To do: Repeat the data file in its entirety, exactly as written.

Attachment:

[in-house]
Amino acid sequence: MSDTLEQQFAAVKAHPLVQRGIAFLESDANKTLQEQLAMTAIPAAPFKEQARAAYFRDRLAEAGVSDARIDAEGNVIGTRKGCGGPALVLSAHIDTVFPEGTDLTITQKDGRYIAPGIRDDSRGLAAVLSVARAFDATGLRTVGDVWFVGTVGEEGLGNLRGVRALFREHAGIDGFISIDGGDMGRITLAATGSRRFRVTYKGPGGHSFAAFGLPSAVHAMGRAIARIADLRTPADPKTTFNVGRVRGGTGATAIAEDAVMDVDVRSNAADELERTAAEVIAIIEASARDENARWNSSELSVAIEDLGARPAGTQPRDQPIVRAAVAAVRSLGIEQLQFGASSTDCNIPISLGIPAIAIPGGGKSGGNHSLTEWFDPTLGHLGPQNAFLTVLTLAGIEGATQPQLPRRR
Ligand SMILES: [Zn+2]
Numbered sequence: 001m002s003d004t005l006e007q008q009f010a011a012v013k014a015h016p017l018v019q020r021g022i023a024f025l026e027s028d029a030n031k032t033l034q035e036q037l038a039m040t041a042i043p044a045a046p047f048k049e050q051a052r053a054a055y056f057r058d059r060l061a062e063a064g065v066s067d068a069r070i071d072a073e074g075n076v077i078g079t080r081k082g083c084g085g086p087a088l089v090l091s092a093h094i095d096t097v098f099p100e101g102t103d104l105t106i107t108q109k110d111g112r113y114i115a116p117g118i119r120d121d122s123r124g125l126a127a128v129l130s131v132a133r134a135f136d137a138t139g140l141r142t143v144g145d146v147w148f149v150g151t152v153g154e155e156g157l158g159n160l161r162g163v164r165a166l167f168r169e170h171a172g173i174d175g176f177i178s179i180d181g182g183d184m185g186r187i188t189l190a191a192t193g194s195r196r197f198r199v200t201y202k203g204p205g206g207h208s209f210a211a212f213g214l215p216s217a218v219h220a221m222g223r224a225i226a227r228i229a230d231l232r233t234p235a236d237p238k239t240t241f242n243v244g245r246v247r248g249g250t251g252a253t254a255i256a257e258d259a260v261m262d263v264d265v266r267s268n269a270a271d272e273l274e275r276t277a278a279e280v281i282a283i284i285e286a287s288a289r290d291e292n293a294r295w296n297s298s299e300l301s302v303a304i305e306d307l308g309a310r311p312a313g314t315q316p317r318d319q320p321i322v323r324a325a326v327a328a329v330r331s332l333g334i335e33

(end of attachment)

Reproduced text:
[in-house]
Amino acid sequence: MSDTLEQQFAAVKAHPLVQRGIAFLESDANKTLQEQLAMTAIPAAPFKEQARAAYFRDRLAEAGVSDARIDAEGNVIGTRKGCGGPALVLSAHIDTVFPEGTDLTITQKDGRYIAPGIRDDSRGLAAVLSVARAFDATGLRTVGDVWFVGTVGEEGLGNLRGVRALFREHAGIDGFISIDGGDMGRITLAATGSRRFRVTYKGPGGHSFAAFGLPSAVHAMGRAIARIADLRTPADPKTTFNVGRVRGGTGATAIAEDAVMDVDVRSNAADELERTAAEVIAIIEASARDENARWNSSELSVAIEDLGARPAGTQPRDQPIVRAAVAAVRSLGIEQLQFGASSTDCNIPISLGIPAIAIPGGGKSGGNHSLTEWFDPTLGHLGPQNAFLTVLTLAGIEGATQPQLPRRR
Ligand SMILES: [Zn+2]
Numbered sequence: 001m002s003d004t005l006e007q008q009f010a011a012v013k014a015h016p017l018v019q020r021g022i023a024f025l026e027s028d029a030n031k032t033l034q035e036q037l038a039m040t041a042i043p044a045a046p047f048k049e050q051a052r053a054a055y056f057r058d059r060l061a062e063a064g065v066s067d068a069r070i071d072a073e074g075n076v077i078g079t080r081k082g083c084g085g086p087a088l089v090l091s092a093h094i095d096t097v098f099p100e101g102t103d104l105t106i107t108q109k110d111g112r113y114i115a116p117g118i119r120d121d122s123r124g125l126a127a128v129l130s131v132a133r134a135f136d137a138t139g140l141r142t143v144g145d146v147w148f149v150g151t152v153g154e155e156g157l158g159n160l161r162g163v164r165a166l167f168r169e170h171a172g173i174d175g176f177i178s179i180d181g182g183d184m185g186r187i188t189l190a191a192t193g194s195r196r197f198r199v200t201y202k203g204p205g206g207h208s209f210a211a212f213g214l215p216s217a218v219h220a221m222g223r224a225i226a227r228i229a230d231l232r233t234p235a236d237p238k239t240t241f242n243v244g245r246v247r248g249g250t251g252a253t254a255i256a257e258d259a260v261m262d263v264d265v266r267s268n269a270a271d272e273l274e275r276t277a278a279e280v281i282a283i284i285e286a287s288a289r290d291e292n293a294r295w296n297s298s299e300l301s302v303a304i305e306d307l308g309a310r311p312a313g314t315q316p317r318d319q320p321i322v323r324a325a326v327a328a329v330r331s332l333g334i335e33